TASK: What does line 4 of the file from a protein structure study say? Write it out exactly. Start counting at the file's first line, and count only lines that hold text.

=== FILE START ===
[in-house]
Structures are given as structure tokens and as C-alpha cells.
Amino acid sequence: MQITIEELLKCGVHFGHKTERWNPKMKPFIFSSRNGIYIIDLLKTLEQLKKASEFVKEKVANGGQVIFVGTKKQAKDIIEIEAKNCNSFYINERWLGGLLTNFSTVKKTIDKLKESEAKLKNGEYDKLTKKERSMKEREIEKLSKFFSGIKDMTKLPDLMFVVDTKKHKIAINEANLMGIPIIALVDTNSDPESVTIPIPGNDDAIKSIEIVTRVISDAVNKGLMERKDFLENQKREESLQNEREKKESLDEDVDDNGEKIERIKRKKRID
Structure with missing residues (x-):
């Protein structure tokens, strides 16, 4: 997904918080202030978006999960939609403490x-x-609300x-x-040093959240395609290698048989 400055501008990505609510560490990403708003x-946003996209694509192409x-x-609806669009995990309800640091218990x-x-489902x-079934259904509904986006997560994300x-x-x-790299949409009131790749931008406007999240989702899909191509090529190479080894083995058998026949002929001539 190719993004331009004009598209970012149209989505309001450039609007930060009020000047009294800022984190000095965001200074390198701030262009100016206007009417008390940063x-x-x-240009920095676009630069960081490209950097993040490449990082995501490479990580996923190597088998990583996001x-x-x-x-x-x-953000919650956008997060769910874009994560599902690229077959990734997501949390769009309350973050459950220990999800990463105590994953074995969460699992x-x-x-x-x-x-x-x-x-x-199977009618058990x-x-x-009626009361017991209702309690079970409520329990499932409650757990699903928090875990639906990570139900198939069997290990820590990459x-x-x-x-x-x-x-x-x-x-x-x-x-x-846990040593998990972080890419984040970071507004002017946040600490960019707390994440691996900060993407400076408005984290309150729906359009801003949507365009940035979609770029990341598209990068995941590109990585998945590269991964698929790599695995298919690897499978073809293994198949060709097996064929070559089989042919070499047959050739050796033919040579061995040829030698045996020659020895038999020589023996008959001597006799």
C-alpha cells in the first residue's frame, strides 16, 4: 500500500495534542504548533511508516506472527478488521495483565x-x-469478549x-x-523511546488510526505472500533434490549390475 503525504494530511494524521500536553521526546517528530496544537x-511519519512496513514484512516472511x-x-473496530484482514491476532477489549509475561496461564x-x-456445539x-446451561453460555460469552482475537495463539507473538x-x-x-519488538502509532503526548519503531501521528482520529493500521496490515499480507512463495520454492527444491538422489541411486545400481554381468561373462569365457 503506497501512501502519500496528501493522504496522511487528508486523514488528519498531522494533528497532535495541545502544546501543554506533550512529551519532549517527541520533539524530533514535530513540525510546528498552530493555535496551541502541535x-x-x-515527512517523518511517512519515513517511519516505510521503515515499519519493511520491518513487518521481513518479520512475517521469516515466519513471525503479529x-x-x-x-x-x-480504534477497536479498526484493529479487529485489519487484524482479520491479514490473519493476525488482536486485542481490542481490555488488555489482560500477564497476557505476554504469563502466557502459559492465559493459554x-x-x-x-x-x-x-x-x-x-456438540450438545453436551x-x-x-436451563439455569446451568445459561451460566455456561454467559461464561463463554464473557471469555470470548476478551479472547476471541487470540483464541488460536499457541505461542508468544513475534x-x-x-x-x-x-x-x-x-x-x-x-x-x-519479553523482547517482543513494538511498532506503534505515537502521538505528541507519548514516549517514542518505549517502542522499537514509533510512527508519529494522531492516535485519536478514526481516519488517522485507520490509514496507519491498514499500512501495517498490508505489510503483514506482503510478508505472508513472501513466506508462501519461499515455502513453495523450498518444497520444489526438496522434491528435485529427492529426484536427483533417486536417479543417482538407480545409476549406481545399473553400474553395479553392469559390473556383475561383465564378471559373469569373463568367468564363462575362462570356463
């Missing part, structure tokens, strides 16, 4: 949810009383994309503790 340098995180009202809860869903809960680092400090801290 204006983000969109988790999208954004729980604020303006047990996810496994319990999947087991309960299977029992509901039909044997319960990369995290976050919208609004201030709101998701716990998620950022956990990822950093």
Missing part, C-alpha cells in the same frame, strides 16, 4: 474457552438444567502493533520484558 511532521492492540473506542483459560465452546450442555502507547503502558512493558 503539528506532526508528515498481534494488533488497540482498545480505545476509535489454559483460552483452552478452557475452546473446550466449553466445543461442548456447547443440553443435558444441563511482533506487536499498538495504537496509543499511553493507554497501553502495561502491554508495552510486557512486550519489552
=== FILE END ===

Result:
Structure with missing residues (x-):